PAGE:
AAVMC sets aggressive agenda for veterinary education


Consortium board is in place to help facilitate strategic planning, offer recommendations

National Report — It's a turbulent time for veterinary education as the profession tries to stave off veterinarian shortages, manage rising costs for educators and students, and find new educational models that will better prepare DVMs for the working world.

The Association of American Veterinary Medical Colleges (AAVMC) is working on a plan to address the future of veterinary education with new leadership appointments to its North American Veterinary Medical Education Consortium (NAVMEC).

The nine-member board met once in November and plans to conduct discussions nationwide over the next year on topics such as what skills new veterinarians need to meet society's needs, what educational models will best prepare graduating DVMs for the workforce, and what relationships need to exist between colleges, accreditation and licensure to make it all happen.

The board includes Dr. Eleanor Green, dean of the Texas A&M University College of Veterinary Medicine; Dr. Bennie Osburn, dean of the University of California-Davis School of Veterinary Medicine; Dr. Willie Reed, dean of the Purdue University School of Veterinary Medicine; Dr. David McCrystle, immediate past chair of the American Veterinary Medical Association (AVMA) Executive Board; Dr. Janvier Krehbiel, past chair of the AVMA Foresight Committee Task force and AVMA Executive Board member; Dr. David Granstrom, director of the AVMA Education and Research Division; Dr. Mike Thomas, past president of the American Animal Hospital Association and member of the National Board of Veterinary Medical Examiners; and Dr. John Lawrence, president of the Minnesota Board of Veterinary Medicine and director-at-large for the American Association of Veterinary State Boards.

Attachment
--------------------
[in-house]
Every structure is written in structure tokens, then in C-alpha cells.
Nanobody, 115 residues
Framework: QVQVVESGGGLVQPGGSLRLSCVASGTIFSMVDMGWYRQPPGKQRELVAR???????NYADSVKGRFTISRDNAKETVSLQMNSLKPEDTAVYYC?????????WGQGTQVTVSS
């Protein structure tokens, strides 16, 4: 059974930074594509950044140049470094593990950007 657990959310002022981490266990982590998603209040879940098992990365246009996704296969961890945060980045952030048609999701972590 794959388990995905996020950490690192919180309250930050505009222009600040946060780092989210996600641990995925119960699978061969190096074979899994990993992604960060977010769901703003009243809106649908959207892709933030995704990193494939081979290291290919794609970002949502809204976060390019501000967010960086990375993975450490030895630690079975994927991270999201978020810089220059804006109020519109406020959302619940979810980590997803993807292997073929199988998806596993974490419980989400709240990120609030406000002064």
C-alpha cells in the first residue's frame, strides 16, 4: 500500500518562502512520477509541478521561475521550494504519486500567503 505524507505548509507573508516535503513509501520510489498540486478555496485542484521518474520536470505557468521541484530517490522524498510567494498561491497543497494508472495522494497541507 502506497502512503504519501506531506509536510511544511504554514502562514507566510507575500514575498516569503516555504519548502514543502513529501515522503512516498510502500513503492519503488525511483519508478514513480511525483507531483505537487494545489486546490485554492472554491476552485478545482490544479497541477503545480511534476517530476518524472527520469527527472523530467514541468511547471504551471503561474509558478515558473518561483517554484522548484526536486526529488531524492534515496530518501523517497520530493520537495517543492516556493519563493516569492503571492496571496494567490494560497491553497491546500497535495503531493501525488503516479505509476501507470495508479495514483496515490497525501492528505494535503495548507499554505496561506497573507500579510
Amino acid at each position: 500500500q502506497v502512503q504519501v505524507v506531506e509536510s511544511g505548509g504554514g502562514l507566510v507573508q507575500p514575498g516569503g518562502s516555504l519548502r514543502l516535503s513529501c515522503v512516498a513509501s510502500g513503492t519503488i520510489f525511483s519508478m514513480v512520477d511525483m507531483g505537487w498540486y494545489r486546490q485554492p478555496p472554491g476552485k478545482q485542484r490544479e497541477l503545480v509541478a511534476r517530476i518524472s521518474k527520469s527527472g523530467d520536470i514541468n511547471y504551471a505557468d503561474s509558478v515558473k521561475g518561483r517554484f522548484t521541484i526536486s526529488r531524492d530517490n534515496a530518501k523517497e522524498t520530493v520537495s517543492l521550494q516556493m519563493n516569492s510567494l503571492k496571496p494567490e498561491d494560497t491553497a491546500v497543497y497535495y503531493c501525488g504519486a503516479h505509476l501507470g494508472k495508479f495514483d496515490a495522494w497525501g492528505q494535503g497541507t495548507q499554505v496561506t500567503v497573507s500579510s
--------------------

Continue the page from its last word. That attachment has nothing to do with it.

Dr. Mary Beth Leininger is serving as project manager. Kenneth Andrews, PhD, who founded High Impact facilitation and assisted AAVMC in the creation of its 2007 foresight report, will facilitate the consortium's national discussions over the next year.

So far, 164 organizations have agreed to participate, and the board intends to create a final plan based on the outcome of these discussions.

The plan will not include a quick fix for veterinary education, says Dr. Michael Chaddock, AAVMC deputy director, but it will provide insight for the stakeholders of veterinary education to use moving forward.

AAVMC believes its five-year strategic plan will help, too. That plan, outlined in AAVMC's annual report, has been years in the making and outlines the association's vision and goals. It addresses efforts for 2010 through 2014, including the establishment of the NAVMEC and a Veterinary Educator Collaborative to share materials and address educational challenges as they arise. Other goals include hosting career fairs, recruiting materials and exploring more diversity and leadership programs.

AAVMC will further discuss the future of veterinary education at its annual meeting, a joint meeting with the American Association of Veterinary Clinicians, March 11-14 in Alexandria, Va. More information can be found at www.aavmc.org. And for a complete list of events log onto dvm360.com.

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